Isabelle Carter ’20 will undoubtedly transform the lives of students, for years to come. As one of our honored Double Warriors, Isabelle’s master’s in curriculum and instruction has helped her further develop her teaching skills. A former RA, and former president of the Merrimack Figure Skating Team, her leadership has extended throughout and beyond campus. Now, as a long term substitute teacher at Pentucket Regional High School, Isabelle is finding her groove. She joins us today to discuss industry growth for educators, her career development, and her path to the M.Ed.
DAN ROUSSEL: Hi Isabelle! You started teaching last August at Pentucket Regional High School—that’s a wild way to enter the profession, mid-pandemic! How have you been able to personalize your classroom? And how have the students been?
ISABELLE CARTER: Hi! It definitely was a whirlwind of a start to a teaching career. I wasn’t able to start personalizing my classroom until about two or three months into the start of teaching, because I didn’t have any previous student work to hang up. I tried to personalize the classroom a little bit by having my bulletin boards up; I had one dedicated to “advice to yourself,” where I had the students, when we first met, put together a little blurb of advice that they can give themselves to look back on, as they worked through the year. Each new quarter, I have the students reflect—they can change their piece of advice or keep it. Alongside that, my mom actually gave me a bunch of posters of quotes, as well as literary devices to post around the classroom, which has definitely come in handy! Since day one, the students have been so welcoming. This year is like no other, and with the constant changing schedules due to Covid, the students have taken every change with gusto. Though it can be tricky, they have tried to remain positive in a year of uncertainty. Some of my students have even owned up to the lack of motivation they have had, but continuously try to work at it even though they feel defeated at times.
It sounds like you’ve done a lot to make the classroom your own! And your students seem wonderful. What was most challenging about teaching when you started—and how have you overcome it?
I would say the most challenging part was asking for help if I needed it. I am definitely an independent person, and I will wait until the very last second if I need help. Recently, I have pushed myself to seek guidance and advice from those around me, to help better my teaching skills. These past few months, I have worked on lesson plans and curriculum—at times it definitely felt as if I was alone in the process, mostly of my own doing. I have taken these past few months to reflect, and reach out for resources instead of just doing it all on my own.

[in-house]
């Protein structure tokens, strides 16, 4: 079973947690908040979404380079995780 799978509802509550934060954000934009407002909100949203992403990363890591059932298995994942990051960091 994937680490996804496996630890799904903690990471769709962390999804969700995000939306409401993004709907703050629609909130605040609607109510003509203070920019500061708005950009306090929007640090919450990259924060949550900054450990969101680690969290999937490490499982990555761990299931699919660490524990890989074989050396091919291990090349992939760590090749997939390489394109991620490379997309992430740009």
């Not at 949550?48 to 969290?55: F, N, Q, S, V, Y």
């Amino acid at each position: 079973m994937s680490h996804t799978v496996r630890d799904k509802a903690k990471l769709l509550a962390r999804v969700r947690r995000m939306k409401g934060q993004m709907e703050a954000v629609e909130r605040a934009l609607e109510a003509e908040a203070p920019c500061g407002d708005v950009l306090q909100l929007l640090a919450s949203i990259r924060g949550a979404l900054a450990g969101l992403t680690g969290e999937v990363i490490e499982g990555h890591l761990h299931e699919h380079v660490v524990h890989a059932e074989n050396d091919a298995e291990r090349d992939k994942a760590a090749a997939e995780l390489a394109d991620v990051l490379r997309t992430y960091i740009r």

That’s a very relatable struggle, and I’m glad you’re working through it. You mentioned feeling alone in the process at times; is the field hopeful for teachers fresh out of college? What advice would you give to other education majors?
I believe it is now, more than ever. The field of education is taking a huge turn with utilizing online tools; coming from a younger generation, this is beneficial to all of us. We grew up in the era of computers, and the advancement of technology. There is also an increase in the need for fresh ideas and having an open mind, which being a younger educator allows us to do. We see the world differently, and it’s definitely something that schools want. My advice to education majors is: when you are applying for teaching jobs, or even during your student teaching experience, allow yourself to be yourself—try that out of the box idea for your lesson, because it might just be the most effective for your students!
Great advice! Out of the box thinking has a place in any industry, and it’s good to hear you’re so optimistic about the field. Out of curiosity, will you be going for a master’s of education down the road? If so, how are you preparing for that?
I actually have been working towards my master’s this past year, and I am excited to announce that I will be graduating with my master’s in curriculum and instruction—with a concentration in ESL—this May! Class of 2021, woohoo! It has been a road unlike any other. Working full time and overloading on classes, I worked twice as long on the weekdays, and utilized every hour I could on Saturday and Sunday to get assignments done. I had the support of my family and my friends, who pushed me when I thought it wasn’t going to be possible. I can honestly say that I would not have done anything differently, and that it is a great feeling to know I’ll have finished my master’s in just one year.
I utilized my graduate advisor to make a realistic plan for myself. I was able to talk through some of the classes, and also the schedule I had, so that I did not feel too overwhelmed—which was extremely helpful. Thanks, Maureen Lee-Locke!
Awesome! Major kudos to Maureen Lee-Locke; a good advisor can make all the difference. Finally, as we wrap up: do you have any shoutouts to make?
Shoutout to my family and friends, who pushed me no matter what. They understand how important this year has been to me, to focus and accomplish all that I have done with working full time and completing my master’s. I appreciate all the people who are in my life, who constantly give me their positivity, and who believe in me!
We love good support systems! Isabelle—thank you so much for joining us today. I’m so happy to see all your success and joy in your work, and good luck with the rest of the school year!
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